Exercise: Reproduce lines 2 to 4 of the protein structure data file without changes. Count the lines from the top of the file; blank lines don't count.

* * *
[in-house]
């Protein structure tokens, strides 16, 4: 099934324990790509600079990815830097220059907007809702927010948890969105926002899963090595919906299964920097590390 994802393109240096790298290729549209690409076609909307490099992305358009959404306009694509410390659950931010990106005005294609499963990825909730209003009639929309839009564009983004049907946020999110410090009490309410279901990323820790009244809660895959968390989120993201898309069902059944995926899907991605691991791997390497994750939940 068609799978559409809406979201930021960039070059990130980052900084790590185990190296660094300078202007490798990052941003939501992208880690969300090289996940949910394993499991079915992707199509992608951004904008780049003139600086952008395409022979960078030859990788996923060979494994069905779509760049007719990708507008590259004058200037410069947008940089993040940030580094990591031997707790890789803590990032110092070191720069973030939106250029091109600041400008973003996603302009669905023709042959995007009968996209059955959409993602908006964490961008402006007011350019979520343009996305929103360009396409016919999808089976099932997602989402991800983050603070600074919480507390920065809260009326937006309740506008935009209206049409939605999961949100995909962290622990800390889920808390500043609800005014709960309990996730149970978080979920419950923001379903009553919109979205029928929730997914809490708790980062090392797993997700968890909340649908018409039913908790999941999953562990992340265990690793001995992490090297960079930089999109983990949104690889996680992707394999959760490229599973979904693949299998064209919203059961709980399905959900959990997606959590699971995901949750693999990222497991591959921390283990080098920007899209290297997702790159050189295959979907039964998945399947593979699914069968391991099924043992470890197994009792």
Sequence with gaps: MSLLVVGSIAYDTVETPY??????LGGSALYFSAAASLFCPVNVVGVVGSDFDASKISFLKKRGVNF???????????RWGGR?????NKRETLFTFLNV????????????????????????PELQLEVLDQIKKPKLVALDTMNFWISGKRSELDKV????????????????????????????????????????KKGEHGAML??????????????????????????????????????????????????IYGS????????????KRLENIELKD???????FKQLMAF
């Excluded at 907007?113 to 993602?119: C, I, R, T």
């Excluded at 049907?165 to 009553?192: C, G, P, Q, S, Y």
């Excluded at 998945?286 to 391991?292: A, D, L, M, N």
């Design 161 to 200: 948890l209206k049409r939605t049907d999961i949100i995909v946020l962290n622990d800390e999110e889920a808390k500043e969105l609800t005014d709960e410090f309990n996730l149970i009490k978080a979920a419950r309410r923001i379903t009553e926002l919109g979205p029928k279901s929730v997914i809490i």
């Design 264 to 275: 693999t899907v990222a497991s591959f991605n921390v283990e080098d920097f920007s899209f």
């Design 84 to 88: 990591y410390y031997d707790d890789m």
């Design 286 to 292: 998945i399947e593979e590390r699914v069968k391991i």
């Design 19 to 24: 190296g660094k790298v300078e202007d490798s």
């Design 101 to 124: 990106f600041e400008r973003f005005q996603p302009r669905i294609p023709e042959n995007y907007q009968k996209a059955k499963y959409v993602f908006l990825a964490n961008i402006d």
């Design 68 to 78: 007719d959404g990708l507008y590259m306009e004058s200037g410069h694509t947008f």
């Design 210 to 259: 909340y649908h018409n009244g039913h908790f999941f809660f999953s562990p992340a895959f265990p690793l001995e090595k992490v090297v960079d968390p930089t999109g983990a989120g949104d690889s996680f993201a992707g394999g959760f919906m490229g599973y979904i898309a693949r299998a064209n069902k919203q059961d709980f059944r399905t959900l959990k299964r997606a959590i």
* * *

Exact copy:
């Protein structure tokens, strides 16, 4: 099934324990790509600079990815830097220059907007809702927010948890969105926002899963090595919906299964920097590390 994802393109240096790298290729549209690409076609909307490099992305358009959404306009694509410390659950931010990106005005294609499963990825909730209003009639929309839009564009983004049907946020999110410090009490309410279901990323820790009244809660895959968390989120993201898309069902059944995926899907991605691991791997390497994750939940 068609799978559409809406979201930021960039070059990130980052900084790590185990190296660094300078202007490798990052941003939501992208880690969300090289996940949910394993499991079915992707199509992608951004904008780049003139600086952008395409022979960078030859990788996923060979494994069905779509760049007719990708507008590259004058200037410069947008940089993040940030580094990591031997707790890789803590990032110092070191720069973030939106250029091109600041400008973003996603302009669905023709042959995007009968996209059955959409993602908006964490961008402006007011350019979520343009996305929103360009396409016919999808089976099932997602989402991800983050603070600074919480507390920065809260009326937006309740506008935009209206049409939605999961949100995909962290622990800390889920808390500043609800005014709960309990996730149970978080979920419950923001379903009553919109979205029928929730997914809490708790980062090392797993997700968890909340649908018409039913908790999941999953562990992340265990690793001995992490090297960079930089999109983990949104690889996680992707394999959760490229599973979904693949299998064209919203059961709980399905959900959990997606959590699971995901949750693999990222497991591959921390283990080098920007899209290297997702790159050189295959979907039964998945399947593979699914069968391991099924043992470890197994009792």
Sequence with gaps: MSLLVVGSIAYDTVETPY??????LGGSALYFSAAASLFCPVNVVGVVGSDFDASKISFLKKRGVNF???????????RWGGR?????NKRETLFTFLNV????????????????????????PELQLEVLDQIKKPKLVALDTMNFWISGKRSELDKV????????????????????????????????????????KKGEHGAML??????????????????????????????????????????????????IYGS????????????KRLENIELKD???????FKQLMAF
């Excluded at 907007?113 to 993602?119: C, I, R, T």